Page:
40 Myanmar students have been awarded a scholarship to study for a Masters degree in economics in a joint Yangon Institute of Economics and Chiang Mai University programme. (more…)

Amendments to the National Education Law should wait until after Myanmar’s 2015 election, Dr Tin Hlaing, the renown Myanmar scientist and educator told Mizzima on December 5.


Construction companies delivering sub-standard work on schools and other education sector buildings will be punished and blacklisted from future work, said Dr Myint Thein, Minister for Social Affairs for the Yangon Region on December 4. (more…)

MRTV and UNICEF signed an agreement to broadcast educational programmes on the rights of the child at Mingalar Thiri Hotel in Nay Pyi Taw on December 4. (more…)

Although there has been no objection among students to the unofficial tuition system, the government plans to combat the use of unofficial tuition to gain privileged treatment from teachers, said Dr Yin Yin Nwe, a leader of President’s Education Advisory Team. (more…)

Six students may face charges for leading a demonstration against a new education law in central Burma on Saturday, according to one protest leader.


In a further step in the transition, Yangon University is to offer a course in political science that has attracted more than twice as many applicants as there are places. It is the first course in politics to be offered since the military junta banned the study of the subject 25 years ago.


Student activists here said authorities are neglecting the desires of students and teachers despite a sustained campaign of public protests against the controversial National Education Law.


Student activists plan to again take to the streets to protest the National Education Law on Thursday in Mandalay, where they will reiterate a request that the government convene a quadripartite meeting to discuss the controversial legislation. (more…)

Authorities in Rangoon’s Ahlone Township have offered to construct a new road and ferry gate in order to help students access a school in the area, a local administrator said on Tuesday. (more…)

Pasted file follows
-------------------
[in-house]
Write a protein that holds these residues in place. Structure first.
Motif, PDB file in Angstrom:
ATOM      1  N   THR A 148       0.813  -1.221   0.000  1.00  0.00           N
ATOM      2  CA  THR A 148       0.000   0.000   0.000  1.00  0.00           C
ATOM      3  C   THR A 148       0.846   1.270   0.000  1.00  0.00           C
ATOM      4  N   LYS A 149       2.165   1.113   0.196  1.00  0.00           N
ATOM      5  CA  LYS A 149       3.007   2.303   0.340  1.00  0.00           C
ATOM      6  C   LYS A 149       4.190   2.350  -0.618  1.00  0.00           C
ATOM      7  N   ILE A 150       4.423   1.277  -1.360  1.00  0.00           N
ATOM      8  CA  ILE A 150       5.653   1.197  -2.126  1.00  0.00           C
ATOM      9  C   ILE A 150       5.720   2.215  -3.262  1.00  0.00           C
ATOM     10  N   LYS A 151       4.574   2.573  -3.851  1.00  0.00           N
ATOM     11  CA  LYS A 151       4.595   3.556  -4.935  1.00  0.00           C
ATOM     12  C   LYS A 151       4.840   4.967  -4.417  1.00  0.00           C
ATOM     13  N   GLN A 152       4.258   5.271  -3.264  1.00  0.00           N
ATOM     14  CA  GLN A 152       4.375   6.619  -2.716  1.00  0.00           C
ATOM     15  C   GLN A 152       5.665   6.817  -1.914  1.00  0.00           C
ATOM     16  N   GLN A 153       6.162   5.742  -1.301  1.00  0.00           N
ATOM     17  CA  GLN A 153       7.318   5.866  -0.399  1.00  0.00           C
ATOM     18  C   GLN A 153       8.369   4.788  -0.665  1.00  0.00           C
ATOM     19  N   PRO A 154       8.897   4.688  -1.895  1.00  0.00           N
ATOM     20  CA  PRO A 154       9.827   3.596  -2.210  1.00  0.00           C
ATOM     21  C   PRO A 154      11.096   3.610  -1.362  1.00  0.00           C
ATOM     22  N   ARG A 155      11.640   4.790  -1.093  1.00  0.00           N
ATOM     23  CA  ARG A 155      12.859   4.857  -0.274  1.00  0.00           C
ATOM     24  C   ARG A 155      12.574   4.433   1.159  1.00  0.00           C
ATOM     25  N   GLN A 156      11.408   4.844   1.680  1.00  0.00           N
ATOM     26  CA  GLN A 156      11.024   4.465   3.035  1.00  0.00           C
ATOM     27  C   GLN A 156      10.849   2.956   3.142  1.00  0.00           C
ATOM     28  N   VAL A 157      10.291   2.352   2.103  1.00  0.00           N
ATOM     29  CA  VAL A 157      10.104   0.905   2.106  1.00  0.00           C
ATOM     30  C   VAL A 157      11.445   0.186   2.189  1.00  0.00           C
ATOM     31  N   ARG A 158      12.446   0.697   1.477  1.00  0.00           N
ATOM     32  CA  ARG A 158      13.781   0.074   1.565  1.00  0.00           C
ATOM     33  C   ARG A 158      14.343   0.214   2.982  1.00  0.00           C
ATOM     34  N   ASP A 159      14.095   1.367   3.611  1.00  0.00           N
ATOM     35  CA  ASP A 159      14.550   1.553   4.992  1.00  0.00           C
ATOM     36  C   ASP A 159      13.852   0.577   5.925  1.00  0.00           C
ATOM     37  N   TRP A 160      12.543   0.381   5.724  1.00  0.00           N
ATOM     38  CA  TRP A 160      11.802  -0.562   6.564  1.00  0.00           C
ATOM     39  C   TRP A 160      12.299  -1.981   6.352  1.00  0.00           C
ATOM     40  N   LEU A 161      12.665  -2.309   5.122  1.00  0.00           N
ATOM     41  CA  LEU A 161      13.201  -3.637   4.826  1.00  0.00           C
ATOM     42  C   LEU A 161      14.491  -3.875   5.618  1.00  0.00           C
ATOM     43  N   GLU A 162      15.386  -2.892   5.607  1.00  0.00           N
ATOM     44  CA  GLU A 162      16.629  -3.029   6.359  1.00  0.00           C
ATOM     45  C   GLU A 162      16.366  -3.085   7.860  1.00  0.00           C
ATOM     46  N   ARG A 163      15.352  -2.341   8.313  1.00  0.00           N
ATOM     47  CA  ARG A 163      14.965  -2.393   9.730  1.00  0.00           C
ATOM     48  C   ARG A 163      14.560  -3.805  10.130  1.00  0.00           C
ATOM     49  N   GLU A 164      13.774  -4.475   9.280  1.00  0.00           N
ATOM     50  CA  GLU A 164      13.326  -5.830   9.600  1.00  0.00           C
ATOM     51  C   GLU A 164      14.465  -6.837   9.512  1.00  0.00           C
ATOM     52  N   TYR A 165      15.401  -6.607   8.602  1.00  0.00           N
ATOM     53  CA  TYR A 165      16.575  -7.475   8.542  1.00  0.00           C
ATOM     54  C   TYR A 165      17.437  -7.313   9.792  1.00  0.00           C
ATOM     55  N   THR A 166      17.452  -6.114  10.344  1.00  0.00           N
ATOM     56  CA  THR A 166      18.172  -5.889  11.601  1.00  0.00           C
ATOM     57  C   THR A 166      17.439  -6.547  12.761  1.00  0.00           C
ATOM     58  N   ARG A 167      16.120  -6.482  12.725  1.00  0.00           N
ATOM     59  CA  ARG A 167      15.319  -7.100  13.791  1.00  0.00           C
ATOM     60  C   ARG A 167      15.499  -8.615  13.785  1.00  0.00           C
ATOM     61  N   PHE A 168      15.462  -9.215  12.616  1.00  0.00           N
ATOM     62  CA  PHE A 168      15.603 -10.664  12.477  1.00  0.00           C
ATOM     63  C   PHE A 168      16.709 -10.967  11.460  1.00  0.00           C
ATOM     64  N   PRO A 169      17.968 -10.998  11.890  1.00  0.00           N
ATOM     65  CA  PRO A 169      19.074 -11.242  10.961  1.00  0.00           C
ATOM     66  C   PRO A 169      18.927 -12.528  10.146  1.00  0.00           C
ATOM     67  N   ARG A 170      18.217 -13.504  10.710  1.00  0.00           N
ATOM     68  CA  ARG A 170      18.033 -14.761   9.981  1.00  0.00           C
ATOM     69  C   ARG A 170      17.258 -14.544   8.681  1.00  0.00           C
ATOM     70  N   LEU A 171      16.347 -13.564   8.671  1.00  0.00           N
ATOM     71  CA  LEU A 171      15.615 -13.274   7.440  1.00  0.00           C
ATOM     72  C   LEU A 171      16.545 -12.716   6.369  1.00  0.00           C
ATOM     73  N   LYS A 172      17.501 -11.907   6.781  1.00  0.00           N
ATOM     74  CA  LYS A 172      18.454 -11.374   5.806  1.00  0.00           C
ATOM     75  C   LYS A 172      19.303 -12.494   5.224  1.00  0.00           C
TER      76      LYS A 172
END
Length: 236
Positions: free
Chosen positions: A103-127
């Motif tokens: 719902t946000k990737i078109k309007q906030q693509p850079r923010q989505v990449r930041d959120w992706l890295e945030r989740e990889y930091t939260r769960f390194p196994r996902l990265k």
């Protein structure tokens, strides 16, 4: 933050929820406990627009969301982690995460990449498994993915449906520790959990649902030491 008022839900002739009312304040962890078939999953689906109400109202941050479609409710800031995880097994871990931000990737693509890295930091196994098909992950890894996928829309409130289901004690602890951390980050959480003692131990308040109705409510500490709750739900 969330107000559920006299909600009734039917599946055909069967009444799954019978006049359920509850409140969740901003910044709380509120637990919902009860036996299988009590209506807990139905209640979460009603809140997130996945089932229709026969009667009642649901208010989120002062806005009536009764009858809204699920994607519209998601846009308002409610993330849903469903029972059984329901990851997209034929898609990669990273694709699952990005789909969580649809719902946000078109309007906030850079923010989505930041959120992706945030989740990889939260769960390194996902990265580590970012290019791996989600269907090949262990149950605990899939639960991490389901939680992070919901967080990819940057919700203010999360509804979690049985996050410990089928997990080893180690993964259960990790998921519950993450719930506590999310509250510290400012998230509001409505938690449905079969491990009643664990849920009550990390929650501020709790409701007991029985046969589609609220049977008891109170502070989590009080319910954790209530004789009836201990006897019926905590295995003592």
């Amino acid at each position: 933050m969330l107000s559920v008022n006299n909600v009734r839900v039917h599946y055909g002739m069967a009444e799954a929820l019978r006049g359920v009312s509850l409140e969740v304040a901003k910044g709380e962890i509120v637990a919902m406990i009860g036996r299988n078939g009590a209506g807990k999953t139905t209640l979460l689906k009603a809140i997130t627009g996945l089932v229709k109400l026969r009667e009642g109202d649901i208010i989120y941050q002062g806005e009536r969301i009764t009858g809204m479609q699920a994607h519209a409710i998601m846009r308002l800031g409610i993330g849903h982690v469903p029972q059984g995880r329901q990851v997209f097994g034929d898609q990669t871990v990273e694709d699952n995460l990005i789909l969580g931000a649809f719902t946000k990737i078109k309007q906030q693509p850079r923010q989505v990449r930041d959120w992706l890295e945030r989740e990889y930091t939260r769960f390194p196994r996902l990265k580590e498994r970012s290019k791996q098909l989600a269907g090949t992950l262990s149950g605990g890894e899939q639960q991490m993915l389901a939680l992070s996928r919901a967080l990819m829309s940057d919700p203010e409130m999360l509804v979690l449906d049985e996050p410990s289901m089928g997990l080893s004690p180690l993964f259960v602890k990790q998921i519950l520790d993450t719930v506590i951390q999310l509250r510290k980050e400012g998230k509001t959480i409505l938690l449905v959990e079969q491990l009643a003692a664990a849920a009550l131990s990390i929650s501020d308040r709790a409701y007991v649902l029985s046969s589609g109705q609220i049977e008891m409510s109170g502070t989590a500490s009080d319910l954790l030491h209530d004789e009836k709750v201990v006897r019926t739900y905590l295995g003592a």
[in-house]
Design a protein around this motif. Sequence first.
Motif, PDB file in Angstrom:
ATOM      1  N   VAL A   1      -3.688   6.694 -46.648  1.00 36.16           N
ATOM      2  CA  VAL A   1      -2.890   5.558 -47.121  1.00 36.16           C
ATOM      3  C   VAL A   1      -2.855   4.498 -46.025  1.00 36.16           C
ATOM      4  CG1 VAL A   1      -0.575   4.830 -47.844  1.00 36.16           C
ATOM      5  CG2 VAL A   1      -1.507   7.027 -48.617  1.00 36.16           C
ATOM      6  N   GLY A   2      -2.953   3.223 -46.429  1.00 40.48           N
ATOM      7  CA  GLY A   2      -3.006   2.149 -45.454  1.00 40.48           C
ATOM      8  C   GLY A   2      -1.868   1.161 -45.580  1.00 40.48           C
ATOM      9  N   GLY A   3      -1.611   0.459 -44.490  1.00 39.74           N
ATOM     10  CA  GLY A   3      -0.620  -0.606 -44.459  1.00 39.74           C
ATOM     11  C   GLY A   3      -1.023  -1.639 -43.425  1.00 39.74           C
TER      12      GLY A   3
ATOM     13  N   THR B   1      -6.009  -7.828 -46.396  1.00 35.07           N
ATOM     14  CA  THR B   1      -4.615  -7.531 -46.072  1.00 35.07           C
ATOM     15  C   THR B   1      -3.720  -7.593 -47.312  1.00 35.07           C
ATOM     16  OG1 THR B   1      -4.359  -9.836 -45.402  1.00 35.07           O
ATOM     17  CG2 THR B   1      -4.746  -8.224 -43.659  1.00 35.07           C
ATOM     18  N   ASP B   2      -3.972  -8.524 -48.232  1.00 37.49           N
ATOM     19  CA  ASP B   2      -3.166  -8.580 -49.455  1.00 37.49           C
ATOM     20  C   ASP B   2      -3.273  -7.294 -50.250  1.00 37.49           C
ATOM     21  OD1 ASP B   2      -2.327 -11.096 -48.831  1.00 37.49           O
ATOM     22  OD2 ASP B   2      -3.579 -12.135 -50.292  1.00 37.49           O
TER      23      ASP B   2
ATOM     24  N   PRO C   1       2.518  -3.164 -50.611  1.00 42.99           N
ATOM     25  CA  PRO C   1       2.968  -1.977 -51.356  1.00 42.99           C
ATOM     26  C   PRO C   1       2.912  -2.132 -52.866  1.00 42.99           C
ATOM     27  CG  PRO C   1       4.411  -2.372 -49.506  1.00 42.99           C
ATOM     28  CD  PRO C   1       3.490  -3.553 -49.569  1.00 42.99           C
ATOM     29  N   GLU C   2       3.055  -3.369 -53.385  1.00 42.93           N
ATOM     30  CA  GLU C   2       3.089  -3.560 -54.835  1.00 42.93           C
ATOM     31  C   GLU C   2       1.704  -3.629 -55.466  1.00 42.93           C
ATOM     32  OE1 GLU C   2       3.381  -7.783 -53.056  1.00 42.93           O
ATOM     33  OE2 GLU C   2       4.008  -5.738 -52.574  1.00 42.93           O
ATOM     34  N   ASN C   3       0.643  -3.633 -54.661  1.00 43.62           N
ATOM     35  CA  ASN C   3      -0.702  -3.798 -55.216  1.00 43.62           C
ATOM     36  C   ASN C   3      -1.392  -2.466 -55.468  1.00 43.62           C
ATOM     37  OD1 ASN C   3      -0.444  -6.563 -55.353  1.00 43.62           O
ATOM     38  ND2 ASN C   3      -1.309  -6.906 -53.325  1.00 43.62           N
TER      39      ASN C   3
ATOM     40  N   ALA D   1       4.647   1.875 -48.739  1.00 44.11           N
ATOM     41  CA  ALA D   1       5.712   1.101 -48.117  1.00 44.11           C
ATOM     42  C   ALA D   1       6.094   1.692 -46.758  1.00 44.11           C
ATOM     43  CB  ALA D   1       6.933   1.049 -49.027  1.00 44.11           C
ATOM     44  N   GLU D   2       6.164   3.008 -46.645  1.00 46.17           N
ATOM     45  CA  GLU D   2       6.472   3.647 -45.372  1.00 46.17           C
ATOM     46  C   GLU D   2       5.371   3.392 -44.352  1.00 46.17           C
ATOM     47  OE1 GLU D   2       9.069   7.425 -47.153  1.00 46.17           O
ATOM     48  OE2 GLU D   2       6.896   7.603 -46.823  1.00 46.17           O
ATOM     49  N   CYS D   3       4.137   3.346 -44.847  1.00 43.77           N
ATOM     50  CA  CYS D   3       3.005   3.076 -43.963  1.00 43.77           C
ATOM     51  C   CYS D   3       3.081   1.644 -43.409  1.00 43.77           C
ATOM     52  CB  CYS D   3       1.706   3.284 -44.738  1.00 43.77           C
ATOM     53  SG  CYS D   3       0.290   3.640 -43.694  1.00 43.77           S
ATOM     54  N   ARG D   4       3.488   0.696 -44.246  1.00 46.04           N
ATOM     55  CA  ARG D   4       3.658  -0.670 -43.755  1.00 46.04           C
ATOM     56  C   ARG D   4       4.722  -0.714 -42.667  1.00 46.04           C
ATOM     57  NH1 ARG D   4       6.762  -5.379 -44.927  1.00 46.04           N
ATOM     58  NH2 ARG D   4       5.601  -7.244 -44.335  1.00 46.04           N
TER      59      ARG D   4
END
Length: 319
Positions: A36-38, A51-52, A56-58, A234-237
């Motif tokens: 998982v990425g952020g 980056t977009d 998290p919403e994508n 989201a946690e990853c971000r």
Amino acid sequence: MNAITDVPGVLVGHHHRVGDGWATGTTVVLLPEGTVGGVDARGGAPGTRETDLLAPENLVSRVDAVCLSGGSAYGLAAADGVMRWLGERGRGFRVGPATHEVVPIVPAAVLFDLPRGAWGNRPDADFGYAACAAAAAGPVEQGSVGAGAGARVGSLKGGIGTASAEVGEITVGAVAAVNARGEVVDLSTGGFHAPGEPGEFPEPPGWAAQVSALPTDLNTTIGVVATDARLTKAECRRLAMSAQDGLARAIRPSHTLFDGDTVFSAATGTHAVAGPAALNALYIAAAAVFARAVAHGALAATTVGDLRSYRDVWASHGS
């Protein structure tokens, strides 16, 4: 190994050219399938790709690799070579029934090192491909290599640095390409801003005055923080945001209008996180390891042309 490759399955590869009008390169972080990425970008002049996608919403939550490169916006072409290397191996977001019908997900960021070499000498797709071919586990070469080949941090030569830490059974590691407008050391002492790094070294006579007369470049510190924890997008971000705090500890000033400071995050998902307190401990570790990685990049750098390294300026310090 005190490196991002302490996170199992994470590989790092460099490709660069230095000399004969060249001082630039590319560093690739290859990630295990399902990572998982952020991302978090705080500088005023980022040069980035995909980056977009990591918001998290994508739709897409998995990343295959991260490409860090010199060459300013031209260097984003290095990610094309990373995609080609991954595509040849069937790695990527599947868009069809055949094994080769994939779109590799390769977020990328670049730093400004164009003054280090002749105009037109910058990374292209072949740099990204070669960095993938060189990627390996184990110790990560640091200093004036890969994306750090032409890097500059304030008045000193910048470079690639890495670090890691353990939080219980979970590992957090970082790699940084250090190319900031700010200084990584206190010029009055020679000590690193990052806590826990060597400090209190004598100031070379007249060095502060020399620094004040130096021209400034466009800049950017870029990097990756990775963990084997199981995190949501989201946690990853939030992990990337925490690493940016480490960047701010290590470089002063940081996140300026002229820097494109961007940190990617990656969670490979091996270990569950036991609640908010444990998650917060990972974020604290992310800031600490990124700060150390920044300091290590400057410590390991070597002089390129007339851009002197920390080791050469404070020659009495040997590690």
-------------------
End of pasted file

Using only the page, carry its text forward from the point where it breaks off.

Student activism is back. Marching through the streets, chanting slogans and holding blood-red student union flags and banners reading “Education not for sale”, “Fight for democratic education” and “Say no to National Education Law”, Myanmar’s more activist-minded students have once again made headlines around the world. (more…)

The Myanmar government’s educational advisory group recognizes the call by protesting students to decentralize control over universities but claims there are limits to how independent they could be. (more…)

The Union Parliament passed the National Education Law on Sep 30, amidst strident opposition from student unions and education professionals. (more…)

Addressing the nation on the occasion of the 94th National Day on Sunday, Burma’s President Thein Sein noted that his government will prioritise raising education standards. (more…)

Student activists have requested that the government convene a quadripartite meeting to discuss the National Education Law, which has prompted street protests and an outcry from education groups in Burma. (more…)

More than 350 students protested against the National Education Law in downtown Rangoon on Friday, continuing their months-long campaign against the controversial law, which they say is undemocratic and fails to guarantee independence for educational institutions. (more…)

An unidentified group of activists, self-proclaimed ‘Anonymous Burma’ has been protesting against education system and the government starting from last month, and staged their most recent in front of the Convocation Hall in Yangon University Compound on Wednesday. (more…)

The All Burma Federation of Student Unions – known as Ba Ka Tha – and the University Students Union have announced plans for more protests against the newly enacted national education law. (more…)

Modern Myanmar’s political metamorphosis from dictatorship towards democracy has resulted in lifting the heavy burden of political and financial sanctions and led to an influx of tourists and foreign investors. Newly formed joint ventures have strengthened ties between Myanmar and countries in Asia and beyond. The former cash-based economy is transforming into a modern credit-based system. During the last three years, global brands have brought infrastructure and job opportunities. Despite economic progress being yet to be matched by advances in some other sectors, including education, the people remain hopeful that further political reforms will lead to a more equal and free society. Much credit must be given to those whose vision has driven the emergence of the new Myanmar, for it those who are most adaptable to change that survive in the age of globalisation. (more…)

Australia have pledged US$100 million in assistance to improve education for millions of Burmese students. (more…)

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